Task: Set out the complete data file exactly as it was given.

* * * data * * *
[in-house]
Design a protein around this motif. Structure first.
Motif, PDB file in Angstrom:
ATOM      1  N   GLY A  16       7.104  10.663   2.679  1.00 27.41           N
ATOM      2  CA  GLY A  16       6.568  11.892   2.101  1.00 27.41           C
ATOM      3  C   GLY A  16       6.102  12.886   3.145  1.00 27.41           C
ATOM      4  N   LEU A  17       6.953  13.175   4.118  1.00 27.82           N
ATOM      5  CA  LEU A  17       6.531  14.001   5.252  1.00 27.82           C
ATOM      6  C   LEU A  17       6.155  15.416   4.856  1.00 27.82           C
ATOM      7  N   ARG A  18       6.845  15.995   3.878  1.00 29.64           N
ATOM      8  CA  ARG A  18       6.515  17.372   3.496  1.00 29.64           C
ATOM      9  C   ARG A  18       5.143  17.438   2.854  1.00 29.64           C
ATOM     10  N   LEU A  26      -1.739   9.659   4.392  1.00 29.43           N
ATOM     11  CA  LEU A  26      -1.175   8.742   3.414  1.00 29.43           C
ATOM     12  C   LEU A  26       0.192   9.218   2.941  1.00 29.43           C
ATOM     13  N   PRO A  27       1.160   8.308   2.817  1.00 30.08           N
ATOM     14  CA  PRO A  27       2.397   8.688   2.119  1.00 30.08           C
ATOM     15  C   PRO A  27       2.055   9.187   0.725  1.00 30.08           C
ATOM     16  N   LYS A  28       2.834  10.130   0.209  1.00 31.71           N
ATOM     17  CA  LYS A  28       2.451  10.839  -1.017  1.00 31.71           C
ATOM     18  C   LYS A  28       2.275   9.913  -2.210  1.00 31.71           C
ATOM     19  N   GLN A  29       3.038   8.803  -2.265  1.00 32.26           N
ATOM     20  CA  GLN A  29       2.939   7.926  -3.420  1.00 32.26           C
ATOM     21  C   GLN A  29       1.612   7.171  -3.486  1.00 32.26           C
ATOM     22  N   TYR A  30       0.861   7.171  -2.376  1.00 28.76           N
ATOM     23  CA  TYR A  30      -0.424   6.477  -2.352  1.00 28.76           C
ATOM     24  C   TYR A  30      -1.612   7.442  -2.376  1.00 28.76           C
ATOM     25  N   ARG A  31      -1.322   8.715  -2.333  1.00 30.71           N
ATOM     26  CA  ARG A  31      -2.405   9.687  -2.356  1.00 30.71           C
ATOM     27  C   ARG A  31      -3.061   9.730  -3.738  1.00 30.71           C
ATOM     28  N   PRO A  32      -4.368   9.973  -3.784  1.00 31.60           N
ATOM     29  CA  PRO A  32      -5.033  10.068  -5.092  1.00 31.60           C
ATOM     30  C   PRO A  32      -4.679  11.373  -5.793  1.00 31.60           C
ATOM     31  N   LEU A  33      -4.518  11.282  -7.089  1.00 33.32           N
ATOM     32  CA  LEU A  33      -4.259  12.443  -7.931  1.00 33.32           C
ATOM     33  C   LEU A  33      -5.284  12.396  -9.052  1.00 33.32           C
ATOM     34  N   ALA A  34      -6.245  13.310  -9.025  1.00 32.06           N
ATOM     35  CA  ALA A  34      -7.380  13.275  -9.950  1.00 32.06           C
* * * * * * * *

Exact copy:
[in-house]
Design a protein around this motif. Structure first.
Motif, PDB file in Angstrom:
ATOM      1  N   GLY A  16       7.104  10.663   2.679  1.00 27.41           N
ATOM      2  CA  GLY A  16       6.568  11.892   2.101  1.00 27.41           C
ATOM      3  C   GLY A  16       6.102  12.886   3.145  1.00 27.41           C
ATOM      4  N   LEU A  17       6.953  13.175   4.118  1.00 27.82           N
ATOM      5  CA  LEU A  17       6.531  14.001   5.252  1.00 27.82           C
ATOM      6  C   LEU A  17       6.155  15.416   4.856  1.00 27.82           C
ATOM      7  N   ARG A  18       6.845  15.995   3.878  1.00 29.64           N
ATOM      8  CA  ARG A  18       6.515  17.372   3.496  1.00 29.64           C
ATOM      9  C   ARG A  18       5.143  17.438   2.854  1.00 29.64           C
ATOM     10  N   LEU A  26      -1.739   9.659   4.392  1.00 29.43           N
ATOM     11  CA  LEU A  26      -1.175   8.742   3.414  1.00 29.43           C
ATOM     12  C   LEU A  26       0.192   9.218   2.941  1.00 29.43           C
ATOM     13  N   PRO A  27       1.160   8.308   2.817  1.00 30.08           N
ATOM     14  CA  PRO A  27       2.397   8.688   2.119  1.00 30.08           C
ATOM     15  C   PRO A  27       2.055   9.187   0.725  1.00 30.08           C
ATOM     16  N   LYS A  28       2.834  10.130   0.209  1.00 31.71           N
ATOM     17  CA  LYS A  28       2.451  10.839  -1.017  1.00 31.71           C
ATOM     18  C   LYS A  28       2.275   9.913  -2.210  1.00 31.71           C
ATOM     19  N   GLN A  29       3.038   8.803  -2.265  1.00 32.26           N
ATOM     20  CA  GLN A  29       2.939   7.926  -3.420  1.00 32.26           C
ATOM     21  C   GLN A  29       1.612   7.171  -3.486  1.00 32.26           C
ATOM     22  N   TYR A  30       0.861   7.171  -2.376  1.00 28.76           N
ATOM     23  CA  TYR A  30      -0.424   6.477  -2.352  1.00 28.76           C
ATOM     24  C   TYR A  30      -1.612   7.442  -2.376  1.00 28.76           C
ATOM     25  N   ARG A  31      -1.322   8.715  -2.333  1.00 30.71           N
ATOM     26  CA  ARG A  31      -2.405   9.687  -2.356  1.00 30.71           C
ATOM     27  C   ARG A  31      -3.061   9.730  -3.738  1.00 30.71           C
ATOM     28  N   PRO A  32      -4.368   9.973  -3.784  1.00 31.60           N
ATOM     29  CA  PRO A  32      -5.033  10.068  -5.092  1.00 31.60           C
ATOM     30  C   PRO A  32      -4.679  11.373  -5.793  1.00 31.60           C
ATOM     31  N   LEU A  33      -4.518  11.282  -7.089  1.00 33.32           N
ATOM     32  CA  LEU A  33      -4.259  12.443  -7.931  1.00 33.32           C
ATOM     33  C   LEU A  33      -5.284  12.396  -9.052  1.00 33.32           C
ATOM     34  N   ALA A  34      -6.245  13.310  -9.025  1.00 32.06           N
ATOM     35  CA  ALA A  34      -7.380  13.275  -9.950  1.00 32.06           C